Why There Is Still a Tumor in My Lung
There seems to be a popular misconception that, having been treated for lung cancer, the tumor in my lung should have been removed. Indeed, when I was initially diagnosed, I was more than a little curious about why the tumor would be left in place. I inquired about surgery -- it was almost pleading, if I\'m being totally honest -- because I had heard time and again that surgery was the only real cure for lung cancer. And this is true, in a sense, but only if the cancer is in a very early stage. Mine had metastasized, with possible tumors in my liver, kidneys, lymph nodes, and bones. So it was important to examine what would be gained through surgery, as well as what benefits there might be to leaving the primary tumor intact.
Surgery risks and realities
My oncologist, it should be noted, did not even want to get a biopsy from my lung tumor. Even a fine needle biopsy is considered an invasive surgery and comes with its own risks. Removing a lung -- even a portion of a lung -- is a rather risky procedure. Certainly, if a patient is fortunate to be diagnosed early enough that the cancer is unlikely to have spread beyond a finite area within the lung, surgery becomes very alluring. The risk/reward scale tilts heavily toward reward when considering the probability that the cancer will never return. But such early diagnosis is quite rare with lung cancer.
Weighing the options for radiation
Technology is changing and eradicating a tumor from the lung with radiation may be viable for more patients, reducing the concerns associated with surgery. But even so, radiation comes with its own set of concerns. And in the case of metastatic lung cancer, where the disease is treated mainly with chemicals, it proves exceptionally useful to have a visual reference by which the success of treatment can be measured. There are also other considerations that might make either surgery or radiation less viable options, including the location of the tumor or proximity to the heart. Determining the best treatment is a complex process with many factors that patients may not fully understand, much less anticipate.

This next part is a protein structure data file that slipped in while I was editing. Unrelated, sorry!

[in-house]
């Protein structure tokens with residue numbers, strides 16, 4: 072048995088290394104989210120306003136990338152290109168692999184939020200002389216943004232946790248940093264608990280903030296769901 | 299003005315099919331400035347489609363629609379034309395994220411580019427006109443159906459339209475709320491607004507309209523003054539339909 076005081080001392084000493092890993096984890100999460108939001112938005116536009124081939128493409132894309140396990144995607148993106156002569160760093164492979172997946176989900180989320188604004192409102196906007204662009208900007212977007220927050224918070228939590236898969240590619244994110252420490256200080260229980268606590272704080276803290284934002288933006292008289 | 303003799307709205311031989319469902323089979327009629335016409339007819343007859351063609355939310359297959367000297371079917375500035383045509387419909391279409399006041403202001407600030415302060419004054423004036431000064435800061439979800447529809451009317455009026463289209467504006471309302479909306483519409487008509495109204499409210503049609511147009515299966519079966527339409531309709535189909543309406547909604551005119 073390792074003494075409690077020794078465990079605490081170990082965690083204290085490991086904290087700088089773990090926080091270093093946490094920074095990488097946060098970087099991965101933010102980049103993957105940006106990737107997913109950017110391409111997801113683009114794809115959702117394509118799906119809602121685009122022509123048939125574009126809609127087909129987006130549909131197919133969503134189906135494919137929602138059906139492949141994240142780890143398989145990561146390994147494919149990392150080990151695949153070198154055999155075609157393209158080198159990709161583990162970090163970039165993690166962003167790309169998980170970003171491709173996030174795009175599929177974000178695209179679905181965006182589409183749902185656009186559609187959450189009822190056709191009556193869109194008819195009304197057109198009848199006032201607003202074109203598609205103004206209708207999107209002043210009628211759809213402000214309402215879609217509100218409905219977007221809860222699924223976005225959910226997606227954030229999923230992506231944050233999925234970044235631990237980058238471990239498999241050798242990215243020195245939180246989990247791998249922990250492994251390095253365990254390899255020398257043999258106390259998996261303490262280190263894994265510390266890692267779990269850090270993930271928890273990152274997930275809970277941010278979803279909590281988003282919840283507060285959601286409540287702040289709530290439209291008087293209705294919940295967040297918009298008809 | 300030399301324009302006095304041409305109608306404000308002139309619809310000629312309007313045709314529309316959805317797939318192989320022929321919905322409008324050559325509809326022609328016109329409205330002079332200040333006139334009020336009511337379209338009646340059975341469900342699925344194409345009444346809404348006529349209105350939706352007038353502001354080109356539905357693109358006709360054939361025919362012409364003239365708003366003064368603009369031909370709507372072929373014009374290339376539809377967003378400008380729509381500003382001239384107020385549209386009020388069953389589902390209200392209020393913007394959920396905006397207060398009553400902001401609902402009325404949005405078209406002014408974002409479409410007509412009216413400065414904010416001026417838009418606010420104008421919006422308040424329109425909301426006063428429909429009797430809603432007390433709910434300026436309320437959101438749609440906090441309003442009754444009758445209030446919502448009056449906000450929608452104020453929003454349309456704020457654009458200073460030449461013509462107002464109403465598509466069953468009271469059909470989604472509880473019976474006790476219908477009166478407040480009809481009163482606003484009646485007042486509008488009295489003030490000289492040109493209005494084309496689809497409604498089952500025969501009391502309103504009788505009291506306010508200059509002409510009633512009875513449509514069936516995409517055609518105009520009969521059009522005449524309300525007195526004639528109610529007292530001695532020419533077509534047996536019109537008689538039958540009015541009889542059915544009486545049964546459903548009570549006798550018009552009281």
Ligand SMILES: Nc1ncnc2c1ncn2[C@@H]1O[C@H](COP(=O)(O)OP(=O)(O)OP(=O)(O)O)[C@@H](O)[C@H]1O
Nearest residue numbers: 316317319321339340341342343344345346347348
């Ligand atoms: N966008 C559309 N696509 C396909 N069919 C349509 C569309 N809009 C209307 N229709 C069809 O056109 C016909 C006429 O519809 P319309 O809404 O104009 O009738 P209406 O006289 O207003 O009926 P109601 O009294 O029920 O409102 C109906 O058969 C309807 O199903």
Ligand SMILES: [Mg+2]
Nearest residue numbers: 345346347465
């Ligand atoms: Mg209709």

Using my tumor as a measuring device
Minimizing exposure to toxins and radiation is also an important part of oncological treatment. Patients must endure flooding their bodies with chemicals and subjecting their bodies to regular scans. By keeping the primary tumor in place, the patient has a built-in measuring device by which to gauge whether those chemicals are doing their job. This may translate to fewer tests and a more accurate assessment of how the patient is responding to treatment.
Chemotherapy, immunotherapy, and targeted therapies all work with varying degrees of success depending on factors unique to each individual patient. There is a chance that one of these treatments, whether administered as an infusion or taken as pills, will dramatically reduce the visible presence of cancer throughout the body. In many cases, outside of the primary lung tumor, there may be no evidence of disease after a few months of treatment. But if the primary tumor remains intact, it serves as a much more reliable means of measurement. Without that tumor to measure, it would be too easy to assume that the cancer was gone from the body when it is difficult to detect in any other way.
PET scans are effective at picking up clusters of heightened cellular activity, but there are limits to what they actually show. Blood tests can reveal clues with regard to cancer activity as well. But these ways of monitoring are not perfect, and the lack of a clear visual reference increases the guesswork involved. So in some cases, the best option is to minimize overall risk while also affording the clearest means of measurement by leaving the primary tumor intact.
The story of my scans
As a side note, over the course of my treatment, I got to know my tumor fairly well. I kept copies of every CT scan that I had, sometimes viewing several versions to compare the shape and size over time. For a long time, it remained the same, familiar shape. At one point, I noticed that it began to change, if only a little. That helped me prepare for the inevitable shift in treatments that would come. Though we all deal with issues like scanxiety differently, I have preferred a proactive approach. And even when I have no idea how to read the new images I am seeing, it is comforting to know that each scan tells a great deal about how my treatment is working and whether it remains the best option for my greater health.
Editor’s Note: We are extremely saddened to say that on October 21, 2018, Jeffrey Poehlmann passed away. Jeffrey’s advocacy efforts and writing continue to reach many. He will be deeply missed.
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